The prospect is not only that credulous or opportunistic Republicans will exploit the Big Lie in order to press their long-standing efforts to restrict voting at the state level. The fever dreams expressed in Trump’s post-November lawsuits and his interference with the administration of the election in the states—for example, his radical assertion that state legislatures could overturn election results in battleground states, including Georgia, Michigan and Pennsylvania—may now evolve into a more general undermining of law and constitutional jurisprudence. That process could resemble what has happened in recent years in polarized, notionally democratic but increasingly authoritarian countries, such as Hungary and Poland.
In a revelatory reconstruction of Trump’s seventy-seven-day effort to overturn the November vote, the Times recounted how eighteen Republican attorneys general signed onto a meritless, “audacious” lawsuit before the U.S. Supreme Court, brought by Ken Paxton, the attorney general of Texas, to challenge election results in battleground states that Biden won. A hundred and twenty-six Republicans in the U.S. House of Representatives also endorsed the suit, which the Court readily dismissed. A standard reading of the episode is that it shows the residual, intimidating power that Trump and his electorate have exerted over elected Republican politicians, as well as the supine character of many Republican officeholders. Another reading would be that the chief law-enforcement officers of eighteen states embraced the Big Lie, advocated unconstitutional means to address its fantasies, and now face no prospect of accountability. That is a poor portent for efforts to re-legitimize nonpartisan electoral integrity.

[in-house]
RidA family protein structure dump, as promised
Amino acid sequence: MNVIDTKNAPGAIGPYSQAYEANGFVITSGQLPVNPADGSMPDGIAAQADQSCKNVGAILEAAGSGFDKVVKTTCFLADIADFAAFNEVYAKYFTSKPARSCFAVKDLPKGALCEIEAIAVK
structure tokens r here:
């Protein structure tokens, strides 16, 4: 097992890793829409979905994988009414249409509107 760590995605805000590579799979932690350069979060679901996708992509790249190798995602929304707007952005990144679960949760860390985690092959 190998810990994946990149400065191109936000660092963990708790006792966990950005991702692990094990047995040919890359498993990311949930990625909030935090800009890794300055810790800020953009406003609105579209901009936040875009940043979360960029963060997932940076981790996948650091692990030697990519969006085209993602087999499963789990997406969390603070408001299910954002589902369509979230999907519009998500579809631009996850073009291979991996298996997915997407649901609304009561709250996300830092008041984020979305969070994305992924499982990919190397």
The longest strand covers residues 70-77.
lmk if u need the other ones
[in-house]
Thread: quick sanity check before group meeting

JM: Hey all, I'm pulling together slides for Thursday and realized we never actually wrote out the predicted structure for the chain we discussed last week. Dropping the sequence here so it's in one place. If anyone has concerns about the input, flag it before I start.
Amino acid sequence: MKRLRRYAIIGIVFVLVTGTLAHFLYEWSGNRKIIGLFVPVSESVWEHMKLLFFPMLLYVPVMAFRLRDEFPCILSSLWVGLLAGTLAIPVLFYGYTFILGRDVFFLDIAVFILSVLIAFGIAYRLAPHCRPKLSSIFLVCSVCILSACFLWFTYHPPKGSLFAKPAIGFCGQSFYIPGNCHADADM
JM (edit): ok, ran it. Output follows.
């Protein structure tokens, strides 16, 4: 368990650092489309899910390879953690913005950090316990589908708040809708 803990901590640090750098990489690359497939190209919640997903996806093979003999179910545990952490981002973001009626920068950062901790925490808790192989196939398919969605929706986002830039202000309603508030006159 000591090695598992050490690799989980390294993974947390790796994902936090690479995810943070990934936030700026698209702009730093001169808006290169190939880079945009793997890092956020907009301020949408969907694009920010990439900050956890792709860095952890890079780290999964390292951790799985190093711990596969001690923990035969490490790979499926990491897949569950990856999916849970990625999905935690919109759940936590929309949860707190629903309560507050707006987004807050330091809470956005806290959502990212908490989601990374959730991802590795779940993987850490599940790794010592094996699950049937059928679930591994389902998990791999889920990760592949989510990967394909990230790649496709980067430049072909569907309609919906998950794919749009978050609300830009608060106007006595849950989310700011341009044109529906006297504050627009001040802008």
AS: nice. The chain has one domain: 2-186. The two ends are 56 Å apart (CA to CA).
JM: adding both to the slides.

The hard reality is that American democracy is in the midst of a prolonged decline; in the latest annual rankings of “global freedom” published by Freedom House, the U.S. has fallen below Mauritius, Latvia, Greece, and Slovakia, landing just above Argentina and Mongolia. It is not always easy to discern what is cause and what is symptom, but—even before Trump arrived to trash the Constitution—rising inequality, underregulated social media, demagogic right-wing media, complacent and self-involved liberalism, white backlash against racial-justice movements, the distortions of the Electoral College, and a Congress too divided to take on difficult problems had all weakened the country.
The Big Lie about the November election was born of Trump’s narcissism and cynicism. During the next two to four years, it may buoy a Trump comeback attempt, or at least extend his influence in the Republican Party. But it may also do great damage in states and localities where many voters have lost trust in elections. Officials like Kelli Ward—“still here” and newly empowered—can be expected, judging from their records to date, to embrace Trumpian vandalism against election administration and law, while refining litigation strategies to appeal more effectively to Trump sympathizers in the courts.
The manipulation of elections by antidemocratic leaders, even as they claim to defend democracy, is the new, subtle playbook of global authoritarians, as the political scientists Nic Cheeseman and Brian Klaas document in their 2018 book, “How to Rig an Election,” which surveyed voting manipulation in dozens of countries outside the United States. “The greatest political paradox of our time,” the authors wrote, is that “there are more elections than ever before, and yet the world is becoming less democratic.” Just as Trump’s election in 2016 was a trailing indicator of the rise of right-wing populism in troubled democracies abroad, so may post-Trump America be a bellwether of the patterns that Cheeseman and Klaas identify, in which local Trumpians across the country slowly acquire power not by staging provocative dramas, like the one on January 6th, but by bending elections, intimidating civil servants, and winning over judges, without ever abandoning a pretense of faith in democracy. Trump may have improvised his Big Lie while in an unhinged state of rage, but many of his followers remain determined to forge from it a potent plan of action.